Pull up a Thanksgiving chair

Years ago, when our children were still small, I used to put a large glass jar on the kitchen counter at the beginning of November. Beside the jar, I would put a basket filled with strips of paper and a pen. Our thanksgiving exercise consisted of writing one thing we were grateful for every day and placing it in the jar.

On Thanksgiving Day, as we made the one-hour drive from our home to Nana’s house, I would read the entries, and we would pray together, thanking God for his many blessings.

The entries varied, from small and big things we were grateful for: our jobs, another cancer-free year, our home, the girls’ school, friends, and, of course, Jingle Bells, the girls’ beloved puppy.

It is certainly not challenging to exercise thanksgiving as we reflect on life’s blessings. When we reach the beginning of November in a year of good health and bounty, our hearts can easily sing songs of praise, for our “Thanksgiving jar” brims with reasons to thank God.

But, oh, how challenging Thanksgiving season becomes when trials and tribulations abound! When we reflect on a year filled with hardships, we find ourselves challenged with the type of thanksgiving that does not come naturally, but rather, it is either insincere or an expression of true and tested, mature faith.

Scriptures have several examples of men and women of God who pressed past their circumstances to praise God. From Genesis to Revelations, we find accounts where God’s leaders or ordinary characters praised God despite their troubles.

Among the many examples, two men, separated by six centuries, stand out as perfect examples of true faith regardless of one’s circumstances.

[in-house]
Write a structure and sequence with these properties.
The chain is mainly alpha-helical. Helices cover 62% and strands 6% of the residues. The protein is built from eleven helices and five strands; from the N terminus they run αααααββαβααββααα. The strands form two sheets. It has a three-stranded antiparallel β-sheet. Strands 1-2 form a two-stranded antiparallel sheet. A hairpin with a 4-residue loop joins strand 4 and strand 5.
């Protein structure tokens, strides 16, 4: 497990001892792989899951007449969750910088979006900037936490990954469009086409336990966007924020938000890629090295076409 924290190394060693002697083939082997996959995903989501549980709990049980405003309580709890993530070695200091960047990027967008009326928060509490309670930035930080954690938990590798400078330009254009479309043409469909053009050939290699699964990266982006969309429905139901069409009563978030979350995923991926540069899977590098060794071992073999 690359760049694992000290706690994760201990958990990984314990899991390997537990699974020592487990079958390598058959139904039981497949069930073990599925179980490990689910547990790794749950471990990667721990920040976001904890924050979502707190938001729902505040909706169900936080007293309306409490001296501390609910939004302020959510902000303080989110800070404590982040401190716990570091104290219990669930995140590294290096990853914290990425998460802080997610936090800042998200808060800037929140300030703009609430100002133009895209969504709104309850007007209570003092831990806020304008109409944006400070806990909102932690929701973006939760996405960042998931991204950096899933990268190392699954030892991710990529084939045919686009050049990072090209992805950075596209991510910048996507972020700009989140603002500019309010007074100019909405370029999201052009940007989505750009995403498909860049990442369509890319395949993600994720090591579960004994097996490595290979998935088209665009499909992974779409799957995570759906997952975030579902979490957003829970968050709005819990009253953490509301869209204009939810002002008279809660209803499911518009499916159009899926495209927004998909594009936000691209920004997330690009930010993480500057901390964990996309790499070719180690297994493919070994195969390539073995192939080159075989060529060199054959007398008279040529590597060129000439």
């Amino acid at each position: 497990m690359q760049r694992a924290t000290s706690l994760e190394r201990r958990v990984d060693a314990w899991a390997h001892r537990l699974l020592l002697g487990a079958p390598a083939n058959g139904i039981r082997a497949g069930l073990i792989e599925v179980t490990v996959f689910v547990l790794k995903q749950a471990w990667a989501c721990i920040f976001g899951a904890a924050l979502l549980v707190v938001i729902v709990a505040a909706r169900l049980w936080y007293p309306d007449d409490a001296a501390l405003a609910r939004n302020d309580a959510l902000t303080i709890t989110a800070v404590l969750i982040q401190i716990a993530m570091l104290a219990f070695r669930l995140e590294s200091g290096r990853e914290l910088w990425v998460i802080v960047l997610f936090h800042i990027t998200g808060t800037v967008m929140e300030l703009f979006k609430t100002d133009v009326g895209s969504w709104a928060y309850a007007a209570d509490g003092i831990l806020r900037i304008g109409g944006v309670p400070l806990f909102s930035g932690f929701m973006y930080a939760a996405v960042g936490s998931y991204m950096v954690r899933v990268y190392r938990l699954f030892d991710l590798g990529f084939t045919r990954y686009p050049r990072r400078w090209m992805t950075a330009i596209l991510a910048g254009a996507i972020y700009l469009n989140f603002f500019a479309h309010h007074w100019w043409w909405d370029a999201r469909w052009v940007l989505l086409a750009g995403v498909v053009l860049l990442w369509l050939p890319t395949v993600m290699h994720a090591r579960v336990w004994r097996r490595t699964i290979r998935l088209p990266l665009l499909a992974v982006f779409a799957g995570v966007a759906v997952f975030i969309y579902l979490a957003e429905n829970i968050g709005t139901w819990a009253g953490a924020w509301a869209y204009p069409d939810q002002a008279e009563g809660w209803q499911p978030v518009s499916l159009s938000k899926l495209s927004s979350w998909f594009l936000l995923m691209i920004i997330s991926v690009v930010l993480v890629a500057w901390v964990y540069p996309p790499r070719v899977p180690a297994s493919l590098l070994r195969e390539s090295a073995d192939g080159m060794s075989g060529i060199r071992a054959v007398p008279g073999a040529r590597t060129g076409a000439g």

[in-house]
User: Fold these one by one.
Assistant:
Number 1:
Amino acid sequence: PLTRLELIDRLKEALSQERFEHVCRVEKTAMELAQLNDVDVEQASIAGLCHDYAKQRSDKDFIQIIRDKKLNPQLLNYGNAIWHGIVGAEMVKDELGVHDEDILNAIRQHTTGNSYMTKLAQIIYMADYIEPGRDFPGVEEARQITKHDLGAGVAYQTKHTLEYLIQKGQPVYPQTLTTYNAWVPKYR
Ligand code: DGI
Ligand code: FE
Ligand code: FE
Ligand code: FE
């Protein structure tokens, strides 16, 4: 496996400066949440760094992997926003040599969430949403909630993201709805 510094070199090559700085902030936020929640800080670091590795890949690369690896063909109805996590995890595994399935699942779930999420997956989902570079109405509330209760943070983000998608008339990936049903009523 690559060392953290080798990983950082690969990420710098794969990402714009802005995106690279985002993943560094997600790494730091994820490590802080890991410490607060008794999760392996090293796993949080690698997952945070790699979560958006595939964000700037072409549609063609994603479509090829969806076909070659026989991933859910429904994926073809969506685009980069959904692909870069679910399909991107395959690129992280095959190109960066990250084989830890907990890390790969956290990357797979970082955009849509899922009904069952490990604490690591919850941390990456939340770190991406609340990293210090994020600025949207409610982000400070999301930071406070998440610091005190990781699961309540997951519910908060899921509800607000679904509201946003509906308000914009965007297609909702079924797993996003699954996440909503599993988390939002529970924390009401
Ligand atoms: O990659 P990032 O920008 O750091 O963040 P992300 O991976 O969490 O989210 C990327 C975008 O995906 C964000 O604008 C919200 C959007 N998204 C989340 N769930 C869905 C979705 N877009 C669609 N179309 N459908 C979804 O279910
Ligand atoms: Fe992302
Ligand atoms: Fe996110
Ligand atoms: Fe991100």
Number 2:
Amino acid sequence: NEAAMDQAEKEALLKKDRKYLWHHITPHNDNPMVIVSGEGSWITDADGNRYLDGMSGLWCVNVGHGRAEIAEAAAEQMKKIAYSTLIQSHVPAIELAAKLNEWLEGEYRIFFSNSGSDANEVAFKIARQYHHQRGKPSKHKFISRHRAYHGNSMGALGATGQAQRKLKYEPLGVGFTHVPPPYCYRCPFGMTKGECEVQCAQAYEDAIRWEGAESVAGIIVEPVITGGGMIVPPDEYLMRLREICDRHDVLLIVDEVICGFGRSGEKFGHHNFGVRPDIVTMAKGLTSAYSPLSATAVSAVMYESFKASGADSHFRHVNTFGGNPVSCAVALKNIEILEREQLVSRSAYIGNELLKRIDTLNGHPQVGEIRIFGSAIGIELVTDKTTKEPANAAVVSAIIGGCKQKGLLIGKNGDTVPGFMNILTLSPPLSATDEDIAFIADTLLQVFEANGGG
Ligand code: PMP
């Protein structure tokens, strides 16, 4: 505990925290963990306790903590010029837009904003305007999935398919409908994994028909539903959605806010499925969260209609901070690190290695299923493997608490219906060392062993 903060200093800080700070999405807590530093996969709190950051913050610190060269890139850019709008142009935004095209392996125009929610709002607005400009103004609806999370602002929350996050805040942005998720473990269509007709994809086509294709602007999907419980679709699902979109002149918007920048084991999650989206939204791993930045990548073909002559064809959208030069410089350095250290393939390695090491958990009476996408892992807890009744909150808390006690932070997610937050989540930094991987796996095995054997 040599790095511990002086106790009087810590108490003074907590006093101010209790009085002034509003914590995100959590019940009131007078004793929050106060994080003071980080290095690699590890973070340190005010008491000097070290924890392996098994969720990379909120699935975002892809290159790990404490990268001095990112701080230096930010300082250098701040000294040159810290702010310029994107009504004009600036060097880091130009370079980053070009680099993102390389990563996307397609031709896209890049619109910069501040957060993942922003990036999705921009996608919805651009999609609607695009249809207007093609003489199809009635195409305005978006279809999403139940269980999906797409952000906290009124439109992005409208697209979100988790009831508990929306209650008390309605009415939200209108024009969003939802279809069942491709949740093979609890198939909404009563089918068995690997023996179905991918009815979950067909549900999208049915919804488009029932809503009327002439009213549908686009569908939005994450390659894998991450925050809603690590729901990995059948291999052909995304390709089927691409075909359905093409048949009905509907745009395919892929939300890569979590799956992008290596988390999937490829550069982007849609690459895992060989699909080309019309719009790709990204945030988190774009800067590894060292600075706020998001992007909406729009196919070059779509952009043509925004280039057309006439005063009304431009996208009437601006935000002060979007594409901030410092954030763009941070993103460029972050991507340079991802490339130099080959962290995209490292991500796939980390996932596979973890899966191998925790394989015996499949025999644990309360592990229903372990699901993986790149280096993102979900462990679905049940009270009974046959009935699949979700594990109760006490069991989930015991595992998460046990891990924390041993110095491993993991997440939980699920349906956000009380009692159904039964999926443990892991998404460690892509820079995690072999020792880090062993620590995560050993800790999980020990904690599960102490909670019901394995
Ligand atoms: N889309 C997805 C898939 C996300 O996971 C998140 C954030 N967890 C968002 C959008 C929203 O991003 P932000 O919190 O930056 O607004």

We find the first example in the book of Daniel in the New Testament when the prophet was confronted with a new royal decree by King Darius that prevented anyone from worshipping any god but the King. If caught worshipping other gods, the King would put the violator to death immediately.

When Daniel heard about the decree, the bible says his first reaction was to retrieve from the situation and go to his upper room. There, with windows open towards Jerusalem, Daniel “three times a day got down on his knees and prayed, giving thanks to his God.”

The other example is found around 62 A.D. when the apostle Paul wrote his “Joy Letter” to the believers in Philippi. These well-known verses, written by a man in prison with no apparent reason for gratitude, are at the forefront of many a sermon on prayer:

“Be anxious for nothing; but in everything by prayer and supplication with thanksgiving let your requests be made known unto God.”

Earlier this week, when I spoke at a church’s Thanksgiving luncheon in north Atlanta, the audience was visibly curious when, after being introduced, I walked up to the stage carrying a chair, which I placed beside the pulpit from which I spoke. After delivering the message about the dangers of ingratitude, I challenged the audience with the concept of a “Thanksgiving Chair.”

With the beautiful examples of Daniel’s and Paul’s true thanksgiving in mind, I challenged my audience to set aside a chair in their home, where they would deliberately retreat to thank God for the good and the bad, the blessings and the challenges.

The “Thanksgiving Chair” is not meant to be a place of make-belief, where we thank God begrudgingly or pretend that our troubles disappeared. Instead, it is an invitation to retreat from circumstances that have the potential to rattle our hearts and deliberately look back to thank God for the many times he has rescued us, provided for us, and healed our wounds.

This Thanksgiving season, may we be challenged to take a moment to retreat to a “Thanksgiving Chair.” Whether our glass jar overflows with blessings or sorrows, may the One who works all things together for his children’s good and his glory fill us with genuine gratitude and unshakeable faith.

Patricia Holbrook is a columnist, author, blogger and international speaker. Visit her website www.soaringwithHim.com to learn about her speaking ministry, Bible studies and book. For speaking engagements and comments, email pholbrook@soaringwithHim.com